Bendigo paramedic and prominent Code Red campaigner Brett Adie spoke for his fellow members this week when he told his local paper, the Bendigo Advertiser that the government was preventing a settlement to the ambulance crisis.
The problem is not so much the money, but the strings attached, he said.
“Most paramedics are happy with what is being offered in terms of pay,” Brett said. “The problem is that they expect us to give something away.
“The conditions they are proposing mean paramedics could be sent anywhere.”
It was clear that Brett was declaring the strings attached to the government’s offer were unacceptable: it was ‘no deal Napthine’.
What was done with Brett’s words by the Health Minister David Davis was an object lesson in misrepresentation. Davis issued a press release quoting just the first sentence, without any of the comments about the government’s unworkable and unacceptable conditions.
Davis claimed the union leadership was blocking a pay rise members wanted “for political ends”.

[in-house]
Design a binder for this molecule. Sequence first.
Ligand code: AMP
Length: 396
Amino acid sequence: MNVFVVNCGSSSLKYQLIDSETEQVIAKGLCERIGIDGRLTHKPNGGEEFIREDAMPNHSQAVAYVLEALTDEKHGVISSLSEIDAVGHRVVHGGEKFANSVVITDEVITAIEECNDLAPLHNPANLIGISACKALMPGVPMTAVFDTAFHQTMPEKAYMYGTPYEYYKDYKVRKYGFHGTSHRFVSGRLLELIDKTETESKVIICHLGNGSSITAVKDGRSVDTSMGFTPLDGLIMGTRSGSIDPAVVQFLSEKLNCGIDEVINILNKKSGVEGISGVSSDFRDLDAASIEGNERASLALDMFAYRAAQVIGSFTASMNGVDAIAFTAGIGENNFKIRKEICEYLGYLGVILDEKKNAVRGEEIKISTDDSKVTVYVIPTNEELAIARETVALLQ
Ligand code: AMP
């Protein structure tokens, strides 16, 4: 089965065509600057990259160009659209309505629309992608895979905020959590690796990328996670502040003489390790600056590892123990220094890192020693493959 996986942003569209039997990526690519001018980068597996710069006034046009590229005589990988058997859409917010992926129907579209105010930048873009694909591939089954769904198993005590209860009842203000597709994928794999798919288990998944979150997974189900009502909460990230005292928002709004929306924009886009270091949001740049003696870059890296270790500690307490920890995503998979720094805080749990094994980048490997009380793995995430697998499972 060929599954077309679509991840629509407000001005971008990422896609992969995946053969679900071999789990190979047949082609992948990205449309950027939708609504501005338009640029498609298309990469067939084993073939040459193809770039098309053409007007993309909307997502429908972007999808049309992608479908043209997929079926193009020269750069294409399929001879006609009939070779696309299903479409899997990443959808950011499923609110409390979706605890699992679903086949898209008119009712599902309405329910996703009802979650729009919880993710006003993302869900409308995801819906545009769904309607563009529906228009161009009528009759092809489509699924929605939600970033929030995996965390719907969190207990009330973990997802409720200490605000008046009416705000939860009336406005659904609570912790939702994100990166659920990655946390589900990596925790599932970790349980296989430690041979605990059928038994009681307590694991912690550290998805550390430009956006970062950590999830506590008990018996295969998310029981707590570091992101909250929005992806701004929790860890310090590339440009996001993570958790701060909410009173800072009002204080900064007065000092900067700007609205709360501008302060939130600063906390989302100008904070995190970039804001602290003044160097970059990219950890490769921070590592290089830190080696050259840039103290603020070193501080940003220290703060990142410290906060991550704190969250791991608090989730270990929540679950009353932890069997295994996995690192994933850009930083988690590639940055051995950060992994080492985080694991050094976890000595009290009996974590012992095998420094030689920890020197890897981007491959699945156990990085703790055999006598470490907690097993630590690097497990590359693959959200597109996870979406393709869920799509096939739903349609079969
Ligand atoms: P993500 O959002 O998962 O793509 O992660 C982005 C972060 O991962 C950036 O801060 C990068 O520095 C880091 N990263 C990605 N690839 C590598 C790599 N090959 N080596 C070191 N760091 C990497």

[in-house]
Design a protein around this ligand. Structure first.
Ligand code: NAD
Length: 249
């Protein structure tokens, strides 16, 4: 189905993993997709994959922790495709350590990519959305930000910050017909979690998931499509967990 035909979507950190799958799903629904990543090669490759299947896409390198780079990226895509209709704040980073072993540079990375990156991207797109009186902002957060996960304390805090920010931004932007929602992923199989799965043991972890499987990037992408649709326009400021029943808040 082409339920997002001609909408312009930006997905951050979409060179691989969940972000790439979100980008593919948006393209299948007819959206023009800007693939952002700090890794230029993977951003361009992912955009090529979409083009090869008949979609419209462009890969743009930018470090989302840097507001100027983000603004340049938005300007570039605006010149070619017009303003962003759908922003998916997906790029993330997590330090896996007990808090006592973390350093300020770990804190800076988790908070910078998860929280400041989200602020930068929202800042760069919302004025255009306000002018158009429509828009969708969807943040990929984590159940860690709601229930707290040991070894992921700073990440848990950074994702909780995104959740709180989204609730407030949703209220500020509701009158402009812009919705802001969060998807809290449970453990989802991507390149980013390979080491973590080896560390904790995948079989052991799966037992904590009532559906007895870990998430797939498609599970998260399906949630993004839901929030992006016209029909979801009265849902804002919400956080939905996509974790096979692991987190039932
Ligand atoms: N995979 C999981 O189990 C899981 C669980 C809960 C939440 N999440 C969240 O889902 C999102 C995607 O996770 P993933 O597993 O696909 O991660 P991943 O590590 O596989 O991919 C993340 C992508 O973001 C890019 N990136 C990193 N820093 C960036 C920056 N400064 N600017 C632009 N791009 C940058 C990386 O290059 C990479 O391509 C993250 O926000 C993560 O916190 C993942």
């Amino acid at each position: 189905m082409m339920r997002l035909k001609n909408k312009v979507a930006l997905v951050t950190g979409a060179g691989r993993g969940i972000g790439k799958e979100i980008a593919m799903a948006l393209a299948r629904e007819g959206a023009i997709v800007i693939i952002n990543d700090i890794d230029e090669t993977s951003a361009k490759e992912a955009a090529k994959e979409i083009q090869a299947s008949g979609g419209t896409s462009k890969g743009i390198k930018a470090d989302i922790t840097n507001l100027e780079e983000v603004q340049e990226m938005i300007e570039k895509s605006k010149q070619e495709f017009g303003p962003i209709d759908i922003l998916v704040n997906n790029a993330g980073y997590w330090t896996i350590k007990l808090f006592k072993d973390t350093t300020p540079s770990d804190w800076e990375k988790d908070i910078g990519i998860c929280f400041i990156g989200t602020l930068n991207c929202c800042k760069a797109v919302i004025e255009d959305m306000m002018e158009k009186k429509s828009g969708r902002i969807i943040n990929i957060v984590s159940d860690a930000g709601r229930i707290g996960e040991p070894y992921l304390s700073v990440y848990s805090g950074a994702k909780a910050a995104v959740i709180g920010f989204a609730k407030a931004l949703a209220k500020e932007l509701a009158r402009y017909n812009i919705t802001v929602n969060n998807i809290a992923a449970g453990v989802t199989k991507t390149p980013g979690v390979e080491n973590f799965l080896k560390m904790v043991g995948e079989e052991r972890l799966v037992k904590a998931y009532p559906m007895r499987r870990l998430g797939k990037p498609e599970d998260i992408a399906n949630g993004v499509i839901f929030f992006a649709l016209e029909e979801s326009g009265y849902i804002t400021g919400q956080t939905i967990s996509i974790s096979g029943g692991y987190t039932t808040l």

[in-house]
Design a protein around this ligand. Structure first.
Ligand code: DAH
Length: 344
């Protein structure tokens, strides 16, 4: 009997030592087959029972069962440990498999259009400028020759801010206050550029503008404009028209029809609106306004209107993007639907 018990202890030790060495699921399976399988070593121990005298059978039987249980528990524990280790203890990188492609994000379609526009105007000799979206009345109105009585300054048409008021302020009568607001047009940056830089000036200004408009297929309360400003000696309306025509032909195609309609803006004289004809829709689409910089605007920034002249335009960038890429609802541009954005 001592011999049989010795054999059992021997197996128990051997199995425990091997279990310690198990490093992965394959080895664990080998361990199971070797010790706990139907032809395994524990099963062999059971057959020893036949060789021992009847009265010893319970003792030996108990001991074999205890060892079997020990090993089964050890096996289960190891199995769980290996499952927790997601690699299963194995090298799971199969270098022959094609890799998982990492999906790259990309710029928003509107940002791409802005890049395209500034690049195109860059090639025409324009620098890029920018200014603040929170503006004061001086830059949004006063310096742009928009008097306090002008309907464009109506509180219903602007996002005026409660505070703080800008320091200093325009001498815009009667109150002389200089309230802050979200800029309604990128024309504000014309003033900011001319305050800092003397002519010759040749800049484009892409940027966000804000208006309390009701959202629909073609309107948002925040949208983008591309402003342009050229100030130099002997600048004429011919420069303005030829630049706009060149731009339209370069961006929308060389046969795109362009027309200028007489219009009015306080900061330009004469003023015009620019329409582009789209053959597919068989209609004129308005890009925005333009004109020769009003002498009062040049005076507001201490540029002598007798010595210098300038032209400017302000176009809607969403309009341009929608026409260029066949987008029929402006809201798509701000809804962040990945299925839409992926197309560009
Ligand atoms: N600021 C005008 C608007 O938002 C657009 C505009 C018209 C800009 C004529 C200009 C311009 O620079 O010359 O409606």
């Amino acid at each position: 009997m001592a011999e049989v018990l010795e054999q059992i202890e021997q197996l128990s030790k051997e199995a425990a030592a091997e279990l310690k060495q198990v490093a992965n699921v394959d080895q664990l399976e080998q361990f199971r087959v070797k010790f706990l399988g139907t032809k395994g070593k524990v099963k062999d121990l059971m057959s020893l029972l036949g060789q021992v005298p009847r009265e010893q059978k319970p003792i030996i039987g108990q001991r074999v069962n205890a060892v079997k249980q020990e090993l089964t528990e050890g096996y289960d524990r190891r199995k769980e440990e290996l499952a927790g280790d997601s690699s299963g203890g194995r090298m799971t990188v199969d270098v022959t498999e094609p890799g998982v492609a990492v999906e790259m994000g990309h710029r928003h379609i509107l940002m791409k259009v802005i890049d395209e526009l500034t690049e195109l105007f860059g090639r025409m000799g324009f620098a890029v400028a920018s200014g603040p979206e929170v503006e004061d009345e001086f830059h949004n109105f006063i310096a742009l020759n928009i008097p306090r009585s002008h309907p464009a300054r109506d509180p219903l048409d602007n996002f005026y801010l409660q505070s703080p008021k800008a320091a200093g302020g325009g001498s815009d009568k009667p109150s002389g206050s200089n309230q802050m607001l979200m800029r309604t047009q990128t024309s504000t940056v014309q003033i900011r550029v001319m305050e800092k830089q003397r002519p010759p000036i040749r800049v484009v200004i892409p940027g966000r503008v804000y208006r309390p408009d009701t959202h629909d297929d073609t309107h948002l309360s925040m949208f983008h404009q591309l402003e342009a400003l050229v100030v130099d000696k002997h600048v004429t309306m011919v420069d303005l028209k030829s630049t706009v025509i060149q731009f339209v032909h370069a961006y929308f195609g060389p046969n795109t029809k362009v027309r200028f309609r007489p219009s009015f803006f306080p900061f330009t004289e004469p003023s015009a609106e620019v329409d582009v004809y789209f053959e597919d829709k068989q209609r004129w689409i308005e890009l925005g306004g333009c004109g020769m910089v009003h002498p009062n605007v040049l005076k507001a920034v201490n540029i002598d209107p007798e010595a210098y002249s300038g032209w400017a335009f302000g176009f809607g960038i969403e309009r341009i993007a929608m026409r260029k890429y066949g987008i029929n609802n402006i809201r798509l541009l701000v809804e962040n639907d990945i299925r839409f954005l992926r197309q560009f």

Brett was furious at the misuse of his comments.
“I am, and always will be committed to the Code Red cause. This was a pathetic attempt by Davis to split our membership and our leadership. It didn’t work but it shows how low they will go,” he said on the Code Red facebook page.
“Davis pinched my comment about the money and quoted it in a press release. To be honest it was no surprise that he left out the rest of the quote. No surprise, but disgusting and dishonest just the same. Davis has insisted on only telling half the story throughout this campaign and this is further evidence of this.”
It is two years since paramedics began their Code Red campaign as the highest trained but lowest paid paramedics in the country. The government’s tactics remain as tricky as ever.
The only thing that has changed is that paramedics’ resolve to win has grown even stronger.
The press release that only partially quoted Brett is below. You can read his full story on the Code Red facebook page.
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